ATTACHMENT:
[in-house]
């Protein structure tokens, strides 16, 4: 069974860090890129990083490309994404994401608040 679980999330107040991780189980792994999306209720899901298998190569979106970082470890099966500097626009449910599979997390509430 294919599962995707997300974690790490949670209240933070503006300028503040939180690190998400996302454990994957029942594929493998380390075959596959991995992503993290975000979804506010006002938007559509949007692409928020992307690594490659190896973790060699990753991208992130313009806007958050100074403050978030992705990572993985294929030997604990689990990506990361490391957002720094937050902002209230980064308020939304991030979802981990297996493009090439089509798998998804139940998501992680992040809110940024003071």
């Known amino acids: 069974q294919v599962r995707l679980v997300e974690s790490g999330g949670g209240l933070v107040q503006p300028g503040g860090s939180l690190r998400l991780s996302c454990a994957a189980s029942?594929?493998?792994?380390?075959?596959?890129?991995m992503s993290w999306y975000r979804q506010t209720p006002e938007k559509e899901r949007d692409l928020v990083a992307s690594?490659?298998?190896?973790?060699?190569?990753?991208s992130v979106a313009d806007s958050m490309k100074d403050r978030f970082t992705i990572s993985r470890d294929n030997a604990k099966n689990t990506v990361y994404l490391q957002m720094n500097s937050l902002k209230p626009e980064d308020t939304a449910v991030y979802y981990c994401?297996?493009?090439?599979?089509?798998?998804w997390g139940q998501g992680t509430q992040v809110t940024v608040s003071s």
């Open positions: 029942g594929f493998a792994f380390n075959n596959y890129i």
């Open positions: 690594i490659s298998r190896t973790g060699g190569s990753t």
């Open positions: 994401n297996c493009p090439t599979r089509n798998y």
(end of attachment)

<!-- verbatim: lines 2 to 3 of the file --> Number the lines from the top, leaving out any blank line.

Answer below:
């Protein structure tokens, strides 16, 4: 069974860090890129990083490309994404994401608040 679980999330107040991780189980792994999306209720899901298998190569979106970082470890099966500097626009449910599979997390509430 294919599962995707997300974690790490949670209240933070503006300028503040939180690190998400996302454990994957029942594929493998380390075959596959991995992503993290975000979804506010006002938007559509949007692409928020992307690594490659190896973790060699990753991208992130313009806007958050100074403050978030992705990572993985294929030997604990689990990506990361490391957002720094937050902002209230980064308020939304991030979802981990297996493009090439089509798998998804139940998501992680992040809110940024003071």
């Known amino acids: 069974q294919v599962r995707l679980v997300e974690s790490g999330g949670g209240l933070v107040q503006p300028g503040g860090s939180l690190r998400l991780s996302c454990a994957a189980s029942?594929?493998?792994?380390?075959?596959?890129?991995m992503s993290w999306y975000r979804q506010t209720p006002e938007k559509e899901r949007d692409l928020v990083a992307s690594?490659?298998?190896?973790?060699?190569?990753?991208s992130v979106a313009d806007s958050m490309k100074d403050r978030f970082t992705i990572s993985r470890d294929n030997a604990k099966n689990t990506v990361y994404l490391q957002m720094n500097s937050l902002k209230p626009e980064d308020t939304a449910v991030y979802y981990c994401?297996?493009?090439?599979?089509?798998?998804w997390g139940q998501g992680t509430q992040v809110t940024v608040s003071s």